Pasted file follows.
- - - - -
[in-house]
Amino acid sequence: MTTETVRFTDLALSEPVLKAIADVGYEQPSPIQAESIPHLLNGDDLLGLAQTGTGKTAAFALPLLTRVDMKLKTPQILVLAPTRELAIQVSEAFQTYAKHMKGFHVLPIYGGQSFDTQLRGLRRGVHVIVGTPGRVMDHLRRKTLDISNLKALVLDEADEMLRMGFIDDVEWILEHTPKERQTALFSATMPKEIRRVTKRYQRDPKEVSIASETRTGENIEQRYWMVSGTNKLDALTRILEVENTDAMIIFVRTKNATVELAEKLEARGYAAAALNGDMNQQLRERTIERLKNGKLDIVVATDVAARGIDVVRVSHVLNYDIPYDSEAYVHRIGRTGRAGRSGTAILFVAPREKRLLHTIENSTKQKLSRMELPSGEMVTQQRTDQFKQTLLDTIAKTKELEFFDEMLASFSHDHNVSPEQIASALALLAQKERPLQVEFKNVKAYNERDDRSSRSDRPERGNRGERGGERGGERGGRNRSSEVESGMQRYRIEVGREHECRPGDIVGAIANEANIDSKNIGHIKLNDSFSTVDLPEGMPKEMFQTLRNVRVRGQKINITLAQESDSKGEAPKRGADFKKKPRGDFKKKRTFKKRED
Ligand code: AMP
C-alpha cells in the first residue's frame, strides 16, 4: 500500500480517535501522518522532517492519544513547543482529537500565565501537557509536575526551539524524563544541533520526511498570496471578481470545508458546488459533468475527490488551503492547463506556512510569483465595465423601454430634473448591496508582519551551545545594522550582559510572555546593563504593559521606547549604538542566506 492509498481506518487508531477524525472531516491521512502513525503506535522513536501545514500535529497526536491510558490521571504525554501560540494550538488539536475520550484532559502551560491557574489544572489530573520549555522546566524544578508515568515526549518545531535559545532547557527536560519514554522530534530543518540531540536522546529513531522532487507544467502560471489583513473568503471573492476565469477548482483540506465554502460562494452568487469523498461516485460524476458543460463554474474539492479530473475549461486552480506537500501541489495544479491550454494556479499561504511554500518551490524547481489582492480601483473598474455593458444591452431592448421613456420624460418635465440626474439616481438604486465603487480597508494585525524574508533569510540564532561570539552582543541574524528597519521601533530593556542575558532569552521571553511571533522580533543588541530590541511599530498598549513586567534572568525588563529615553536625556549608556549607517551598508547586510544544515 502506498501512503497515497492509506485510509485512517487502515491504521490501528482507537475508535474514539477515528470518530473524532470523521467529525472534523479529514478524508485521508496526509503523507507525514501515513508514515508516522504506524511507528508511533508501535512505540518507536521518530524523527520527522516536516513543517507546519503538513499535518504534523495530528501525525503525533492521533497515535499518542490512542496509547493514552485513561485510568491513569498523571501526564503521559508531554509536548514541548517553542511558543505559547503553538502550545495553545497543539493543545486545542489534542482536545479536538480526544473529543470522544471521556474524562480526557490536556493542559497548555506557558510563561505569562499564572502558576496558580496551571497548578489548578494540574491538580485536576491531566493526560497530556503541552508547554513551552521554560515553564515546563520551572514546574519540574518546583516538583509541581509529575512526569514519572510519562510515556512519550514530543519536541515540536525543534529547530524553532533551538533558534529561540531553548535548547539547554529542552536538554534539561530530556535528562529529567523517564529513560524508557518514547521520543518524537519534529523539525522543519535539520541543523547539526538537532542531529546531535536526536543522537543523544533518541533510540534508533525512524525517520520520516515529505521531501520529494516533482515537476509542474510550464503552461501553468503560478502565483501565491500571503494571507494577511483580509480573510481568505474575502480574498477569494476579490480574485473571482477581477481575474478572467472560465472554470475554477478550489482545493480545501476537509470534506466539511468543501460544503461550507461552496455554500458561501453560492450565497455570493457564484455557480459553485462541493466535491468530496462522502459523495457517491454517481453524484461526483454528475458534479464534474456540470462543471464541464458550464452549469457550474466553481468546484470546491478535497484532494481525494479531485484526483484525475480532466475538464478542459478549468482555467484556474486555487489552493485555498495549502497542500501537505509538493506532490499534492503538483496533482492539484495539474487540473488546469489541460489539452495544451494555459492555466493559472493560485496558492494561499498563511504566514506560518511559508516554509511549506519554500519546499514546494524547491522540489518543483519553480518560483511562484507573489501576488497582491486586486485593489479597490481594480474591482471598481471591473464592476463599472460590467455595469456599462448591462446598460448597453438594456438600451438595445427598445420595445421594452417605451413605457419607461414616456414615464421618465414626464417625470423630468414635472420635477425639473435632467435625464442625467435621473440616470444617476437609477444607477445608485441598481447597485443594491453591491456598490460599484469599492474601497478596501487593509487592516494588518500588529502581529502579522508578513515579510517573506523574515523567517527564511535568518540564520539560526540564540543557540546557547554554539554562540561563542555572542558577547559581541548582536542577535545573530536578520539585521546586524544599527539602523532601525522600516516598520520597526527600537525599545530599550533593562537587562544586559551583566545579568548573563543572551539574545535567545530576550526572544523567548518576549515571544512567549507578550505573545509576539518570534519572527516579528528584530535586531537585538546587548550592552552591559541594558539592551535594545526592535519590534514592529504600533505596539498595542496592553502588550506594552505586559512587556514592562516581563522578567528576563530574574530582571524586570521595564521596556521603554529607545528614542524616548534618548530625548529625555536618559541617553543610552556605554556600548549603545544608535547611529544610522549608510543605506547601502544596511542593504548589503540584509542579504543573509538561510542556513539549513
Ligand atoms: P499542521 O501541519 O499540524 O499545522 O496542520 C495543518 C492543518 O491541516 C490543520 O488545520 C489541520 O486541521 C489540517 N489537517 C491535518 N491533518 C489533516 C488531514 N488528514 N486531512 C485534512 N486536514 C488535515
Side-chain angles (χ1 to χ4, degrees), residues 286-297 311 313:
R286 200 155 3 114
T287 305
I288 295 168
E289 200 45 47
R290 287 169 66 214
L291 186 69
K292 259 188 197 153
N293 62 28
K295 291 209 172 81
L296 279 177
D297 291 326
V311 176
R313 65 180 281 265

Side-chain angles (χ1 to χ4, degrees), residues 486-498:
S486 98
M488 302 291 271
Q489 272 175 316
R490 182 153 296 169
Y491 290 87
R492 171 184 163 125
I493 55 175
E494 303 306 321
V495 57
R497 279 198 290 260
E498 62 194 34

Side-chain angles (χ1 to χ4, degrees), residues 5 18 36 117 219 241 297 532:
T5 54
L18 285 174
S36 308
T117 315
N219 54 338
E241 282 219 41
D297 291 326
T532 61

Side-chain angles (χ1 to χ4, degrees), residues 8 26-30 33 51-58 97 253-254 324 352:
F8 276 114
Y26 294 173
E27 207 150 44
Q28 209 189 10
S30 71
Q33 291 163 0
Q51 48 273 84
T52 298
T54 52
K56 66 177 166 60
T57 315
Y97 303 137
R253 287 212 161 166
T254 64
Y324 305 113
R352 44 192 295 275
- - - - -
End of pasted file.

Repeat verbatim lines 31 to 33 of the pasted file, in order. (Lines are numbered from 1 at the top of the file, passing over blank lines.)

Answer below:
E498 62 194 34

Side-chain angles (χ1 to χ4, degrees), residues 5 18 36 117 219 241 297 532:
T5 54